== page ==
No data on lynchings, NCRB withholds figures

The NCRB data,published more than a year behind schedule. Officials told The Indian Express that the said data collected under the new sub-heads of death due to mob lynching, murder by influential people, killing ordered by khappanchayat and murder committed for religious reason have not been published, resulting in partial delay of the agency’s report for 2017.Sources said the agency had begun a massive data revamp exercise under former NCRB Director Ish Kumar. It was under him that the bureau revised the proforma under the category of murder and added new sub-heads of mob lynching and murder for religious reasons among others. “It is surprising that this data has not been published.

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This data was ready and fully compiled and analysed. Only the top brass would know the reason why it has not been published,” an official privy to the data collection process said.

The decision to collect data on lynchings had been taken in the wake of a spate of lynching incidents across the country through 2015-16. The idea, officials said, was that such data collection would help the government formulate its policies better in tackling these crimes. Lynchings happen for a variety of reasons which include suspicion of theft, child lifting, cattle smuggling or communal reasons, officials said.

The new report has largely followed the pattern of the 2016 edition, barring additions in the category of cyber crimes and offences against the state.

In September this year, Citizens for Justice and Peace had tracked this non-publishing of NCRB data for the past three years.

This delay had been questioned by several quarters have questioned the delay in the release of data on crimes for months now. National Crime Records Bureau (NCRB) has been releasing data on crime, and various categories of sectoral data, since 1953. It releases annual reports on varied subjects related to crime, accidents, prisons etc. These reports contain aggregated data on various crimes, accidents, suicides, prisons etc. up to the district level. As debates evolved, this data even got classified into crimes against India’s most marginalised groups.

Throughout the years, NCRB data, despite some bureaucratic delays and some shortcomings, has been the most important and probably the only concrete and comprehensive data on crimes in India and has been the basis for several policy discussions and discourses. Every time the NCRB reports are released, there are significant public debates on issues such as increasing numbers of crimes against women, farmer suicides, atrocities against people from SC/ST groups.The NCRB releases 3 reports every year.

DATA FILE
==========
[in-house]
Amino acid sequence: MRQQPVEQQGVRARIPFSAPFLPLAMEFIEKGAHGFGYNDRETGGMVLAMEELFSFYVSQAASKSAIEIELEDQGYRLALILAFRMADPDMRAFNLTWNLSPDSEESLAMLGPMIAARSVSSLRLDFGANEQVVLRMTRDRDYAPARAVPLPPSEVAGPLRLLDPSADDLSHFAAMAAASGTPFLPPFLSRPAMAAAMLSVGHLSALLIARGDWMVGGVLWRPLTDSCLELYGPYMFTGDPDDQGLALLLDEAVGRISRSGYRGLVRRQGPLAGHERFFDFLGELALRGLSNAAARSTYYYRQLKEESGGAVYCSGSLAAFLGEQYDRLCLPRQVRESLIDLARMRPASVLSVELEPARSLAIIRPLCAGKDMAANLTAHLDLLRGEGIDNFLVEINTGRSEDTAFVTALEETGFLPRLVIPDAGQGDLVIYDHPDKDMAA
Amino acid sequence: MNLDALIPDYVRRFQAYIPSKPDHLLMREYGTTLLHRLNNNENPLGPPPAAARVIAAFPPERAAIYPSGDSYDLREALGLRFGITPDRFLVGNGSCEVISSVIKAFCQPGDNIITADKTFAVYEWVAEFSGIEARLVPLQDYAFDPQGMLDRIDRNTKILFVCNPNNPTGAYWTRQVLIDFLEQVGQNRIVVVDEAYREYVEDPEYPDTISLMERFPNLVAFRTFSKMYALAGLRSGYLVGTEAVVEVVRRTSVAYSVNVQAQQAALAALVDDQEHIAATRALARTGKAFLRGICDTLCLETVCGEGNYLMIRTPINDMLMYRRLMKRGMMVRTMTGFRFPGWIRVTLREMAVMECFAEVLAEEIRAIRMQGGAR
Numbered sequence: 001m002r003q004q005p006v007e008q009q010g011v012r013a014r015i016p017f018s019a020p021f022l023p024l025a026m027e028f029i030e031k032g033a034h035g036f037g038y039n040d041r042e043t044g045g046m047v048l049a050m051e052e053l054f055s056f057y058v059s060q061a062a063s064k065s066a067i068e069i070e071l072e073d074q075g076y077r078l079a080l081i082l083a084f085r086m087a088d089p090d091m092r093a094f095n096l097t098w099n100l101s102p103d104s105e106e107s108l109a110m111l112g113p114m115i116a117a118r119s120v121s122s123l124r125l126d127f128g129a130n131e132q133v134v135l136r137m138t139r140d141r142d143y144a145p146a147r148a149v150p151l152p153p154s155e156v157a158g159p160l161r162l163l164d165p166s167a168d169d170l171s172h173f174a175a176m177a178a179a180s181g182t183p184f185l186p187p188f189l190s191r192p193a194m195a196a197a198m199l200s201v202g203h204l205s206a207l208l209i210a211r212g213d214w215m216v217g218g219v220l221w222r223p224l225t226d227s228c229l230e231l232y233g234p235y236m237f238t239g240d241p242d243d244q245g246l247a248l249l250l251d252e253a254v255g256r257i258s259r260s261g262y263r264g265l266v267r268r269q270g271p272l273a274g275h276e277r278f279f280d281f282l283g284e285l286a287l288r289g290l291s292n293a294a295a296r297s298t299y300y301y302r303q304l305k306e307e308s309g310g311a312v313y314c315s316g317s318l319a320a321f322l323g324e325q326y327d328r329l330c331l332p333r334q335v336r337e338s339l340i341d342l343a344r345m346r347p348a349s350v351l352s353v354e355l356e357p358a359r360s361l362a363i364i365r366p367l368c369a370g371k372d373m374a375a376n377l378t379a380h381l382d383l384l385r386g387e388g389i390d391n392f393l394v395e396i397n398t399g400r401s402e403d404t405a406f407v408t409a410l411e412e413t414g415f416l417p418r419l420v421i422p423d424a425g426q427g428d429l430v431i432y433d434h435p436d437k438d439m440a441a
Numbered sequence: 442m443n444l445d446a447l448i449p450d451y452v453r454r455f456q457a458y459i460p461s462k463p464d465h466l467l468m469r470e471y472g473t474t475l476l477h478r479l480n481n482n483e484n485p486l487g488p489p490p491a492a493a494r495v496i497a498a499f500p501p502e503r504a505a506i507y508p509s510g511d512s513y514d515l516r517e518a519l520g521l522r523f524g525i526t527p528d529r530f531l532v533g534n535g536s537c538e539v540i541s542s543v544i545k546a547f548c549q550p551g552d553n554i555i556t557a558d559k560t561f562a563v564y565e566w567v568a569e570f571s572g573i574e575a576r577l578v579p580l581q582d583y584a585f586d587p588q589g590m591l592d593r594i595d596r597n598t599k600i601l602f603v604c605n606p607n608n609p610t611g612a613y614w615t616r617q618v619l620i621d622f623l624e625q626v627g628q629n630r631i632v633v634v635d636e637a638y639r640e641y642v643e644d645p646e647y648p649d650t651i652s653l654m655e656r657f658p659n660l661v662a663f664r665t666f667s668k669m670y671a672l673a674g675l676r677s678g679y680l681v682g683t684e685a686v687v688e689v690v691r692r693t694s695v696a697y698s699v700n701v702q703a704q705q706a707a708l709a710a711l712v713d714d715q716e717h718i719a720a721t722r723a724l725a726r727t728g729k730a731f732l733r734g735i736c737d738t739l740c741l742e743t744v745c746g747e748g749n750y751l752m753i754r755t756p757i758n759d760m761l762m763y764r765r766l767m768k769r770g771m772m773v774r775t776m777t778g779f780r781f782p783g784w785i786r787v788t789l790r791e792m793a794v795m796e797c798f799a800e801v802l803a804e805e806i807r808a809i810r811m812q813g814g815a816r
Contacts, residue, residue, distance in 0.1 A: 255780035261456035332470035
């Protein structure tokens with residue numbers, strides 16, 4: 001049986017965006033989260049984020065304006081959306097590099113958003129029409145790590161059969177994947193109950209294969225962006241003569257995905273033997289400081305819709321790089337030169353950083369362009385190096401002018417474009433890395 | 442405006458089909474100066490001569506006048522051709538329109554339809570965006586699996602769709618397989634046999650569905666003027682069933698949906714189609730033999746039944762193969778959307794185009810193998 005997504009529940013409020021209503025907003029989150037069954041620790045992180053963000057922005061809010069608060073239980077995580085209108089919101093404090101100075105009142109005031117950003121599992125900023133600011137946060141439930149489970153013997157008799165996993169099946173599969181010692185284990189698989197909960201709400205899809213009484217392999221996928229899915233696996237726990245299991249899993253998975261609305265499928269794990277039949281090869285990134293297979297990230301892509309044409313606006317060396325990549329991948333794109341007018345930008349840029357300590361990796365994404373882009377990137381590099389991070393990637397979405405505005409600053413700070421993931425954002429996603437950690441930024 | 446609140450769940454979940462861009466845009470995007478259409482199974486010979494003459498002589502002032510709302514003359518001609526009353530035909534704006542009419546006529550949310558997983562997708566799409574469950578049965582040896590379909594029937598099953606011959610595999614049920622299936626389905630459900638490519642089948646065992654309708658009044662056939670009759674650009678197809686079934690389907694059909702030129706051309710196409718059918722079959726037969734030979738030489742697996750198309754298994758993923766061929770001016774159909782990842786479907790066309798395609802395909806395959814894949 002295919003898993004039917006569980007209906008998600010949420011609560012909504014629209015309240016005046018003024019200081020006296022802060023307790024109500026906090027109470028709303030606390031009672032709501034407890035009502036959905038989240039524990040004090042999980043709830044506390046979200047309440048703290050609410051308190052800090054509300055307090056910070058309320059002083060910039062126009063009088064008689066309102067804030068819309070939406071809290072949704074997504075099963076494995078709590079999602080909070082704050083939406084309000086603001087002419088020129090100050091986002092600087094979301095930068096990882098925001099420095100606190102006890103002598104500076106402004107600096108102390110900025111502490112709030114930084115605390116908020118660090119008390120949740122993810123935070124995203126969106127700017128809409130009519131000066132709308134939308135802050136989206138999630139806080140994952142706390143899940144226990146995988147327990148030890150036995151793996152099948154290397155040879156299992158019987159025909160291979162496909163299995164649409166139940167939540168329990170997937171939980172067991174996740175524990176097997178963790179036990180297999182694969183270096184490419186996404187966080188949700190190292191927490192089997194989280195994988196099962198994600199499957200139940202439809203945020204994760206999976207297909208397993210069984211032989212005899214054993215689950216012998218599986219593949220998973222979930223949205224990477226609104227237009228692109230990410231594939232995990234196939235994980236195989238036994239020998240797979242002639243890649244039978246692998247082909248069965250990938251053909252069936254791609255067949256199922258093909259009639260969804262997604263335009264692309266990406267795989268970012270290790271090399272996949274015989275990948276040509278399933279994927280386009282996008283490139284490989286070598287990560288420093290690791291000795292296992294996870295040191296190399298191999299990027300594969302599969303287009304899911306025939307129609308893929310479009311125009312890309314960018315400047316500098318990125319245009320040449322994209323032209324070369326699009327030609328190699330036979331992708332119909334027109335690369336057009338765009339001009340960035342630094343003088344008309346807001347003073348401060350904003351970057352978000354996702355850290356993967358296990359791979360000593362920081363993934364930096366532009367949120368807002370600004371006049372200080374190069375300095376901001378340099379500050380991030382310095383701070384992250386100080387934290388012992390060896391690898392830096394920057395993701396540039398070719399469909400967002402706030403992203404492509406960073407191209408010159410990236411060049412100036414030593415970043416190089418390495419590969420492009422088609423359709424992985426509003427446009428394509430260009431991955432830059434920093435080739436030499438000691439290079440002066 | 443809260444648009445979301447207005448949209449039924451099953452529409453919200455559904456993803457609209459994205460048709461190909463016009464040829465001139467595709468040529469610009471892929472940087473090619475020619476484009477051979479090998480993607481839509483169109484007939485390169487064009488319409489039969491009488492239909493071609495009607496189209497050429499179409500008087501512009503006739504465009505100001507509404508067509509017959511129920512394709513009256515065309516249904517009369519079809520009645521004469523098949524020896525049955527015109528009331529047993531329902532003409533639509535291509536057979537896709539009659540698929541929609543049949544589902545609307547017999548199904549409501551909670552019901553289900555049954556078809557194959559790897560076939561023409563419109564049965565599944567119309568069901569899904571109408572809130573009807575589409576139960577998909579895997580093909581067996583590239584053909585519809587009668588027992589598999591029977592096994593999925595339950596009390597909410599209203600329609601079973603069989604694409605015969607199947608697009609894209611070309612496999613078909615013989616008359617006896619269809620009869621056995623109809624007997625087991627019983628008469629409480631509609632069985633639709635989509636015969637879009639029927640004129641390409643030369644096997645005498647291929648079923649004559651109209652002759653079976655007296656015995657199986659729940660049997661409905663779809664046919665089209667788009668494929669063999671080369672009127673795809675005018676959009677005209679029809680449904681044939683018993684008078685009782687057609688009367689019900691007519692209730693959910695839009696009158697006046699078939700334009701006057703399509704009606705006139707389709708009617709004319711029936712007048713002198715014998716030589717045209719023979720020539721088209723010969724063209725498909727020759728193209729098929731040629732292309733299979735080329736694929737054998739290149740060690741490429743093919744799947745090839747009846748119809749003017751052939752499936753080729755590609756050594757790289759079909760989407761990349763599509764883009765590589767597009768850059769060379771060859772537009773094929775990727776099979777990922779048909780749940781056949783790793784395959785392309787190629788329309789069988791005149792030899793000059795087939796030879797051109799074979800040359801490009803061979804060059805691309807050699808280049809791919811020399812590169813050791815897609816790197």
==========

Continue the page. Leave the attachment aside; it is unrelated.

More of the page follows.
What’s in a report and when should we have it?

The data for the annual Crime in India (CII) is provided by the States/UTs in a prescribed format. The data is then compiled by the NCRB in the form of CII, which gives comprehensive data on incidence of crime, disposal of cases by police and courts, crimes against women, children etc.

Reports suggest that CII reports has been released by the NCRB with a delay of about 23 months since the year 1953, with the average delay going at below 11 months year from 2000 onwards. The most significant delay caused in the release of the report was for the year 1984, the year in which the anti-Sikh riots took place. That year 1984’s report was released in 1992 after a significant delay of 86 months. The 1985 report was delayed by more than six years. The 1983 report was delayed by five years. Reportedly, these were the only three occasions in which the reports were released after such a huge gap/ delay. Arguably, the government(s) of the day were not comfortable with the release of hard figures that would confirm the bitter and targeted violence experienced by one of India’s religious minorities, on the streets.

The rest of the analysis on NCRB data may be read here.



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